Do you find yourself questioning whether the last freelance project was profitable or wondering why scope creep is, well, creeping?
In “Designing Your Process (For Fun and Profit),” Chris Ford of Creativity Included highlights some of her learning experiences from her year on the job as a project manager.
— Bridget Willard (@YouTooCanBeGuru) July 9, 2016
Though her talk featured many productivity tools and tricks specific to design and the design thinking and process, the one insight that stuck out to me is this:
You can’t improve unless you measure.
What should you measure?
Why track your time? It seems lame, inconvenient, or just plain stupid.
Put it this way. Would you join a weight loss support group and never use a scale? No. We measure to understand progress. It’s the same with time tracking. The time tracking software she recommends is Frekle.
Chris recommends tracking as detailed as you can (15 minutes to do task x). This way, you can understand what takes the most or least amount of time.
Being disorganized can be a time suck. Meaning, if you have to play the game “Where’s that tool?” then you waste time looking for things instead of working. And then, you’ve wasted not just time, but your mental energy which is one of the most valuable resources to a creative.
“Chaos doesn’t let you spend your time on design thinking because your brain is busy thinking, ‘where is that file.’” Chris Ford
Communication is an organizational tool.
Writing things down, concise communication, and trust are all ways to reinforce and manage expectations with clients and within your team.
“Making your job harder than it should be” is something that Chris advises against — from experience. She recounts her aversion to Excel / Google sheets but once she realized the formulas would save her time and allow the program to perform the math for you.
What things are you stubborn about but actually distract and cause you to waste your time?
How does Time Tracking prevent scope creep?
It may not prevent clients trying to gain more work, but it should help you better estimate your project. This resonated with me because of my 15 years’ of experience in construction accounting. With tight profit margins in construction, you make or lose money by how efficiently you schedule the work. Time tracking and detailed cost tracking per job is the key.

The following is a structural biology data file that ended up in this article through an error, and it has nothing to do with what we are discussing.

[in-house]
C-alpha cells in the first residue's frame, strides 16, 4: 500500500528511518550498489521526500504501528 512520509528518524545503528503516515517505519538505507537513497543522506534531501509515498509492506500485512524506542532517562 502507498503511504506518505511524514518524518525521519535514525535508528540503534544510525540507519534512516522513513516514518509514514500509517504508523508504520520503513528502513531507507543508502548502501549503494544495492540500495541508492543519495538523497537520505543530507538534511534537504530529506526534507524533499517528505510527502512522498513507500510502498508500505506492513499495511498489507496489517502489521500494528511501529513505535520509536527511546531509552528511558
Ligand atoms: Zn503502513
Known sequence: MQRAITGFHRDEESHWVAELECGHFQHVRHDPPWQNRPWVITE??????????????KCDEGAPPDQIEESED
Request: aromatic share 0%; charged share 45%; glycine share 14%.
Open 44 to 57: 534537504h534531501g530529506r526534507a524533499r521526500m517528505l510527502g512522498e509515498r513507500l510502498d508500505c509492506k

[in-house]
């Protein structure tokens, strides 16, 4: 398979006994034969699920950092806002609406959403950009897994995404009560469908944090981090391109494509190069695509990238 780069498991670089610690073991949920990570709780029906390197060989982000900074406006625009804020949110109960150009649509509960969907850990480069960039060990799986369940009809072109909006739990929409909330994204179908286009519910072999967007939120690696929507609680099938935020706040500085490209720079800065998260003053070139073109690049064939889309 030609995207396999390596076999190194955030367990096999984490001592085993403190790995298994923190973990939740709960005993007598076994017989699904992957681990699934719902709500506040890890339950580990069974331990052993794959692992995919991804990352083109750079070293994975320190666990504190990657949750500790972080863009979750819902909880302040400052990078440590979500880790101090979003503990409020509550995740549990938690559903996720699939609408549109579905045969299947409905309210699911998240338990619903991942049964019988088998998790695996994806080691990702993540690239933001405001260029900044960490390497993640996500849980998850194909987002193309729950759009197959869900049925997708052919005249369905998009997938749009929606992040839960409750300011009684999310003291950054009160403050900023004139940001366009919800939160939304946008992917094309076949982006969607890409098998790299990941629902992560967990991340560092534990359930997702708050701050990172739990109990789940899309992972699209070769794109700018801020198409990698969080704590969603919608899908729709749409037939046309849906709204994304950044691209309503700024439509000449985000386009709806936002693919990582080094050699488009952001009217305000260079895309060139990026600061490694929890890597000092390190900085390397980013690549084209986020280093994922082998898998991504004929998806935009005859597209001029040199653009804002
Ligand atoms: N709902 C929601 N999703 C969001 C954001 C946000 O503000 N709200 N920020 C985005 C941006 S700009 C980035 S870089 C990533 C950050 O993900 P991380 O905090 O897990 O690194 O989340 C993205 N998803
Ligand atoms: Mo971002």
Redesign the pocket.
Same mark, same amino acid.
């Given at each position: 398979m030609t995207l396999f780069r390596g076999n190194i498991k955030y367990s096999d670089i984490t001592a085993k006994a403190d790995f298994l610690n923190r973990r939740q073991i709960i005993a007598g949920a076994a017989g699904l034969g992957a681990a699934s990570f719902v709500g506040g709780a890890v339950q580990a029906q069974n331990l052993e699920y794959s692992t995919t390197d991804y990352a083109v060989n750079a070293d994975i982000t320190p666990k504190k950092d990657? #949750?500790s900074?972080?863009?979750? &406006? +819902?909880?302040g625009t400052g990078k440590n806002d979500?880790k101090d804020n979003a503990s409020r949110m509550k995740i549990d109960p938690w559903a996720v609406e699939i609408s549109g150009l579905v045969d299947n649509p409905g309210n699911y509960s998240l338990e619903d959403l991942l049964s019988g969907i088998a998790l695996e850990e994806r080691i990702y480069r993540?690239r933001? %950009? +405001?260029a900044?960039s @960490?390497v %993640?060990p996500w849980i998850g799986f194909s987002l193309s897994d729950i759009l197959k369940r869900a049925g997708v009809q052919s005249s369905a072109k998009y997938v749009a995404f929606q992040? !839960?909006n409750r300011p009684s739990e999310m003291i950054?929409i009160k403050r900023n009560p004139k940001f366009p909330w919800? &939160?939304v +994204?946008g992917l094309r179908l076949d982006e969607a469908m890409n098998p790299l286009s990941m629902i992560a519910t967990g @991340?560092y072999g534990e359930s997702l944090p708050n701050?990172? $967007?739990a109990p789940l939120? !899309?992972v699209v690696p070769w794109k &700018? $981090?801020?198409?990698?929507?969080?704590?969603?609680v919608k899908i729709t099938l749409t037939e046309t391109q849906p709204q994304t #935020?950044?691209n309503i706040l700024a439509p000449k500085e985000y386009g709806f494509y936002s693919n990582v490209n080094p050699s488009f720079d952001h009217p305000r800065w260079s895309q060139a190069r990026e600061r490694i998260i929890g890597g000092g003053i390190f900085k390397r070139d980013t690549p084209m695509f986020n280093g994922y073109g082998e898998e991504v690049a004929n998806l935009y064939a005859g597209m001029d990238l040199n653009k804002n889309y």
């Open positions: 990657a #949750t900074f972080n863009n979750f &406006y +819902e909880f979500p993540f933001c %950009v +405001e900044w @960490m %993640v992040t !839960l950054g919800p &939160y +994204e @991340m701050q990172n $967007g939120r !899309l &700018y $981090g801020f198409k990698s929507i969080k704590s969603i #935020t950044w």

How much does your time cost you?
Although there is a trend to charge by value and not by hour (which we agree with), you still need to know your cost. Your time is valuable. Figure out how much you need to make per hour. Then calculate how much to add for self-employment tax.
Don’t forget to add your cost of healthcare. Add in your monthly overhead and divide that by the number of hours you intended to work (40 x 4.25 is standard). If you have personal liability insurance add in that cost, too. This is how much you cost your own freelancing agency per hour.
Now add in the percentage of profit you want. That’s the minimum price you should charge per hour. Now, you are in a position to estimate the contract by the value you’re adding.
What’s the cause of death?
No matter how many gold stars your CPA will give you for accurate and thorough job costing, if you don’t look backward at jobs and “do a post mortem,” as Chris suggests, you won’t know what went wrong. The key insight to looking back, however, is empathy.
Chris is a believer in empathy given to people and yourself. If someone did a good job, tell them. If you’re burnt out, take care of yourself. She explains how her experiences were great teachers. Chris Ford’s encouragement to freelancers and small agencies is to have a whole-life-balance. Exercise, eating well, sleeping. They all matter. You deserve to take a break. Creative work needs downtime.
Are things getting better?
Measure. Look back at your projects that performed well. What did you do right? How was the client communication good? How many other projects were you doing at the same time?
Don’t be afraid to analyze your process to make it better — for you, for your team, for your clients.
- You can’t improve if you don’t know where you are.
- You can’t go forward if you don’t have a starting point.
- Post mortems on past projects allow you to better estimate new projects.
- Correctly define the problem to come to an agreed solution.
You can watch the talk on WordPress.tv.